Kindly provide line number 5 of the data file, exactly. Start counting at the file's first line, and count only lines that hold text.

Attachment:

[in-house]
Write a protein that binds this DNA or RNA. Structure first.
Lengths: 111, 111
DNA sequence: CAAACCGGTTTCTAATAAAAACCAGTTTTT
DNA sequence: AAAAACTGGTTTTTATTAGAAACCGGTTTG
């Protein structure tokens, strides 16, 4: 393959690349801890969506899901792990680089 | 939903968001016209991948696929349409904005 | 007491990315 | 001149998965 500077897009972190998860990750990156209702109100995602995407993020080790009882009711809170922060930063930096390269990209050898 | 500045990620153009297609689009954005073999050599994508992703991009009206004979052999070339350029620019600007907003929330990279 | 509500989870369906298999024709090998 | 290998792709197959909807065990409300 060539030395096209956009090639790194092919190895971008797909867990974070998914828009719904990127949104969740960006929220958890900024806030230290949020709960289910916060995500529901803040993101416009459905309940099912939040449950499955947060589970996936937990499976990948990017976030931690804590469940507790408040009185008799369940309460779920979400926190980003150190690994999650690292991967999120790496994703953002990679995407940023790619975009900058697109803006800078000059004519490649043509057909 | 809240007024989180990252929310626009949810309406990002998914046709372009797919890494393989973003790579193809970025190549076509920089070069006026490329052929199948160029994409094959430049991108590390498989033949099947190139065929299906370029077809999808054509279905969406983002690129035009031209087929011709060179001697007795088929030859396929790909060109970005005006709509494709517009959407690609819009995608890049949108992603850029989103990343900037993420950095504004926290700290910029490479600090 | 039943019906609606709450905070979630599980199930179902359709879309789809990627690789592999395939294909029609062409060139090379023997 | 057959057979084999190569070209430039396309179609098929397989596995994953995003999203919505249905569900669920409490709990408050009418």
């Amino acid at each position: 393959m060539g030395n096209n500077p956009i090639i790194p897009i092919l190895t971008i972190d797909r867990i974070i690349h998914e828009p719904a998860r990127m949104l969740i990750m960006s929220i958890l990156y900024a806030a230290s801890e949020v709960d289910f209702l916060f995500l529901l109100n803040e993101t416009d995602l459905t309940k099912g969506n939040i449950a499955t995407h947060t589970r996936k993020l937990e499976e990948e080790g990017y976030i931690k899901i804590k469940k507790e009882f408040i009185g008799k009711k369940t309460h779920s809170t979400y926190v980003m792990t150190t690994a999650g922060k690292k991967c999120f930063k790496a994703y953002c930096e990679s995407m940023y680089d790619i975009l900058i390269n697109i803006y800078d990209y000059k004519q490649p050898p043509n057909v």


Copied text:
DNA sequence: AAAAACTGGTTTTTATTAGAAACCGGTTTG